Earthquakes and rising sea levels vs. nuclear power plants

Issues are interconnected!

The climate crisis is causing sea levels to rise.

Nuclear power plants need cooling, so they are built near bodies of water (rivers, ocean coastlines, etc.).  In fact, 40% of the world’s nuclear reactors sit on coastlines, where sea-level rise, earthquakes and tsunamis endanger them and can cause catastrophes for huge portions of the world.

For example, the nuclear power plants at Fukushima, Japan, melted down when an earthquake struck them and a tsunami resulted from the earthquake and caused even more damage.  Even now — nine years later — radiation is still spewing into the Pacific Ocean every day, and it has crossed the Pacific Ocean and reached the U.S.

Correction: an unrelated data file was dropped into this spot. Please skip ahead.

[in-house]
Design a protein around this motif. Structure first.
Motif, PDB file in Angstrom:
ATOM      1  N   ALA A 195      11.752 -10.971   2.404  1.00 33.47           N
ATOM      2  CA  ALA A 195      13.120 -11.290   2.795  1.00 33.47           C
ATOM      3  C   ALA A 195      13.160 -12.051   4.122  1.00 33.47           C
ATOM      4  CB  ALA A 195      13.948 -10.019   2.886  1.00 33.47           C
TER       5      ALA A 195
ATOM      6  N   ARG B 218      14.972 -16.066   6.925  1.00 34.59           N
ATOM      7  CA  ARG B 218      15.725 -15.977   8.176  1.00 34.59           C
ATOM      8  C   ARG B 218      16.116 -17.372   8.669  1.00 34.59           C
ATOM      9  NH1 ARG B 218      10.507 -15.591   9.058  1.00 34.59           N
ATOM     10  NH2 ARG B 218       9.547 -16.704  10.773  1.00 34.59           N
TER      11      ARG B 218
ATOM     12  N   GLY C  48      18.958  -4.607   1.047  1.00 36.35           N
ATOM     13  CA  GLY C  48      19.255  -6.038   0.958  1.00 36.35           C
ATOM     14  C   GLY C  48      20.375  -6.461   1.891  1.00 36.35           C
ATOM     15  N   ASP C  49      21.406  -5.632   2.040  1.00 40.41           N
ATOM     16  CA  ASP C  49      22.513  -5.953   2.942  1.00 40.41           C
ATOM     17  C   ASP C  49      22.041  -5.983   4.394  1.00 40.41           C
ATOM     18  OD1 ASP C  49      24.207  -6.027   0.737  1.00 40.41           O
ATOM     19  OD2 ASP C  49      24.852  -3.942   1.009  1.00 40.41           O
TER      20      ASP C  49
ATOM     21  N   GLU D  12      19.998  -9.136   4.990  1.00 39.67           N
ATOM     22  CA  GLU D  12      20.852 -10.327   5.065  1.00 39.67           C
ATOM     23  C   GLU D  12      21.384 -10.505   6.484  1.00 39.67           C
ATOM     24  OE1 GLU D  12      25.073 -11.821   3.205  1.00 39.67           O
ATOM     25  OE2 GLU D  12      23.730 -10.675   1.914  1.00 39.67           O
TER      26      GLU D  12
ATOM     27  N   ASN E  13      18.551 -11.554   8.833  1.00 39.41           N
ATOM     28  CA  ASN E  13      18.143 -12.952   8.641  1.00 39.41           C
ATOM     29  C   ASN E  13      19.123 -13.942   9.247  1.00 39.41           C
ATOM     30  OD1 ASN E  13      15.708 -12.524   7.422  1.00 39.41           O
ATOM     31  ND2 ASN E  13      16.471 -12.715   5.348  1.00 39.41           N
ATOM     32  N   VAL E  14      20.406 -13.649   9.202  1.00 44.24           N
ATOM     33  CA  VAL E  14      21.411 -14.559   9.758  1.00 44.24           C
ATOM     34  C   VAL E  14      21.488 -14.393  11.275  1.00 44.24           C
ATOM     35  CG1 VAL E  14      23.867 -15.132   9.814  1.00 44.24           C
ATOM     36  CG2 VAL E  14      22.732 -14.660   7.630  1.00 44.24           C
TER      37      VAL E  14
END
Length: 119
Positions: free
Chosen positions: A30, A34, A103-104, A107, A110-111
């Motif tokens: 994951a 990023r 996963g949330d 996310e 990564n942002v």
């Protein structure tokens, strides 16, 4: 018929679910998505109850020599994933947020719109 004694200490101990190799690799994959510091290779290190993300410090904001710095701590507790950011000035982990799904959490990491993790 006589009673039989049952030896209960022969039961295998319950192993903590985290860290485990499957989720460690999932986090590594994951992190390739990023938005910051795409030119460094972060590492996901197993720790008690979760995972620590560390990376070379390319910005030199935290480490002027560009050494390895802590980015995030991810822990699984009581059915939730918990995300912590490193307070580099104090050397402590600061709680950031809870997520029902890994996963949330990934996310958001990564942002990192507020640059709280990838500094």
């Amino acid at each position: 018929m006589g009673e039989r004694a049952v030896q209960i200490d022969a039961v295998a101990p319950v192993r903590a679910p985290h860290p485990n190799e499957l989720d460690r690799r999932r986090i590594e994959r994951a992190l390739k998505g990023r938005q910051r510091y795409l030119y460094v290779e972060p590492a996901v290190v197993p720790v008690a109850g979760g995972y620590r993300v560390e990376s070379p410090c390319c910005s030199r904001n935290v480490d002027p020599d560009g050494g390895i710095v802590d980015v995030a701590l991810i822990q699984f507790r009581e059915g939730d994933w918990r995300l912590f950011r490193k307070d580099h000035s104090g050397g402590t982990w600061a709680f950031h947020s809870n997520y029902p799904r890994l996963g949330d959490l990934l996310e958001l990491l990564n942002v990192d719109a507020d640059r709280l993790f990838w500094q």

Nowadays 56 nuclear reactors are under construction worldwide, and 93% of them are at risk of catastrophes caused by the climate crisis.  These include sea-level rise and increasingly destructive hurricanes, cyclones and typhoons.

The U.S. is part of the problem.  Rising sea level poses a danger to the nuclear power plant at Florida’s Turkey Point, but the federal agency responsible for protecting us (the Nuclear Regulatory Commission, NRC) strongly supports the nuclear power industry and fails to protect public health and safety.  The NRC stated that rising sea levels at Turkey Point are “outside the scope of the agency.”  It went ahead and granted an extended operating license so the reactor’s owner can continue operating it for many, many years into the future, as if the climate crisis did not exist.